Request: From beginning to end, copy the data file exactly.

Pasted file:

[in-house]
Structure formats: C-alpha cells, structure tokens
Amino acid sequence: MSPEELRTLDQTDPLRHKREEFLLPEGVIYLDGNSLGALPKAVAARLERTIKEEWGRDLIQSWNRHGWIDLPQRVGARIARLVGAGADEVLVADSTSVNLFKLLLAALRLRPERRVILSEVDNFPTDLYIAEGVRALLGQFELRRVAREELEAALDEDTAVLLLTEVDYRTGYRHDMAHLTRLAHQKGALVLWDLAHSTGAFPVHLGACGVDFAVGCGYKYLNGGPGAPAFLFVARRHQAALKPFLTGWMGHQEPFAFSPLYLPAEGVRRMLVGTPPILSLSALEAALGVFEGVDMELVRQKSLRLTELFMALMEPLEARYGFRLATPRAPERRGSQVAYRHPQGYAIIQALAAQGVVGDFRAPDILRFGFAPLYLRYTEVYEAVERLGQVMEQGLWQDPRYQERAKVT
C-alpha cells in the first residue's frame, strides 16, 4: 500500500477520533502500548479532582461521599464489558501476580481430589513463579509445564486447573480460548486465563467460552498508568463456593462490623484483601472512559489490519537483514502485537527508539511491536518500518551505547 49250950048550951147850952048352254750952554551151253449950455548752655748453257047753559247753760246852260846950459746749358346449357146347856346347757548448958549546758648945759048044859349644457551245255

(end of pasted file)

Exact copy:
[in-house]
Structure formats: C-alpha cells, structure tokens
Amino acid sequence: MSPEELRTLDQTDPLRHKREEFLLPEGVIYLDGNSLGALPKAVAARLERTIKEEWGRDLIQSWNRHGWIDLPQRVGARIARLVGAGADEVLVADSTSVNLFKLLLAALRLRPERRVILSEVDNFPTDLYIAEGVRALLGQFELRRVAREELEAALDEDTAVLLLTEVDYRTGYRHDMAHLTRLAHQKGALVLWDLAHSTGAFPVHLGACGVDFAVGCGYKYLNGGPGAPAFLFVARRHQAALKPFLTGWMGHQEPFAFSPLYLPAEGVRRMLVGTPPILSLSALEAALGVFEGVDMELVRQKSLRLTELFMALMEPLEARYGFRLATPRAPERRGSQVAYRHPQGYAIIQALAAQGVVGDFRAPDILRFGFAPLYLRYTEVYEAVERLGQVMEQGLWQDPRYQERAKVT
C-alpha cells in the first residue's frame, strides 16, 4: 500500500477520533502500548479532582461521599464489558501476580481430589513463579509445564486447573480460548486465563467460552498508568463456593462490623484483601472512559489490519537483514502485537527508539511491536518500518551505547 49250950048550951147850952048352254750952554551151253449950455548752655748453257047753559247753760246852260846950459746749358346449357146347856346347757548448958549546758648945759048044859349644457551245255